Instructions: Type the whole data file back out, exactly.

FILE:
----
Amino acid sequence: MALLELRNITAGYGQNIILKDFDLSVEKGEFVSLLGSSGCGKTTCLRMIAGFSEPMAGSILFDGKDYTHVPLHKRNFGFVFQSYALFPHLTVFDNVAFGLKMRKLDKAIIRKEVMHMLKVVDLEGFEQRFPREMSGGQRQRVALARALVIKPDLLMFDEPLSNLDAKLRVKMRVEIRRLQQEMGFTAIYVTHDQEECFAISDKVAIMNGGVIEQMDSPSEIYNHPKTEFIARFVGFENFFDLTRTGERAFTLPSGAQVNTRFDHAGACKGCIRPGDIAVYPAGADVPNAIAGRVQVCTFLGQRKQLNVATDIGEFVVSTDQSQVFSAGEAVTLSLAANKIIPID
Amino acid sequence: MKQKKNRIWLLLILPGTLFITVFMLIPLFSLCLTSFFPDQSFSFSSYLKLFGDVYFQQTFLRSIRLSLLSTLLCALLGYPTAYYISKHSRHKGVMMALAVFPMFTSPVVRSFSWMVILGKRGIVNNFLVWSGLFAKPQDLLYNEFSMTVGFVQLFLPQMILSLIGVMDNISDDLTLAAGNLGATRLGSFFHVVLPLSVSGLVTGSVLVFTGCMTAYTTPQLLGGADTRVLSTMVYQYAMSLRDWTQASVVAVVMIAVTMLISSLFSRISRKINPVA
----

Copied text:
Amino acid sequence: MALLELRNITAGYGQNIILKDFDLSVEKGEFVSLLGSSGCGKTTCLRMIAGFSEPMAGSILFDGKDYTHVPLHKRNFGFVFQSYALFPHLTVFDNVAFGLKMRKLDKAIIRKEVMHMLKVVDLEGFEQRFPREMSGGQRQRVALARALVIKPDLLMFDEPLSNLDAKLRVKMRVEIRRLQQEMGFTAIYVTHDQEECFAISDKVAIMNGGVIEQMDSPSEIYNHPKTEFIARFVGFENFFDLTRTGERAFTLPSGAQVNTRFDHAGACKGCIRPGDIAVYPAGADVPNAIAGRVQVCTFLGQRKQLNVATDIGEFVVSTDQSQVFSAGEAVTLSLAANKIIPID
Amino acid sequence: MKQKKNRIWLLLILPGTLFITVFMLIPLFSLCLTSFFPDQSFSFSSYLKLFGDVYFQQTFLRSIRLSLLSTLLCALLGYPTAYYISKHSRHKGVMMALAVFPMFTSPVVRSFSWMVILGKRGIVNNFLVWSGLFAKPQDLLYNEFSMTVGFVQLFLPQMILSLIGVMDNISDDLTLAAGNLGATRLGSFFHVVLPLSVSGLVTGSVLVFTGCMTAYTTPQLLGGADTRVLSTMVYQYAMSLRDWTQASVVAVVMIAVTMLISSLFSRISRKINPVA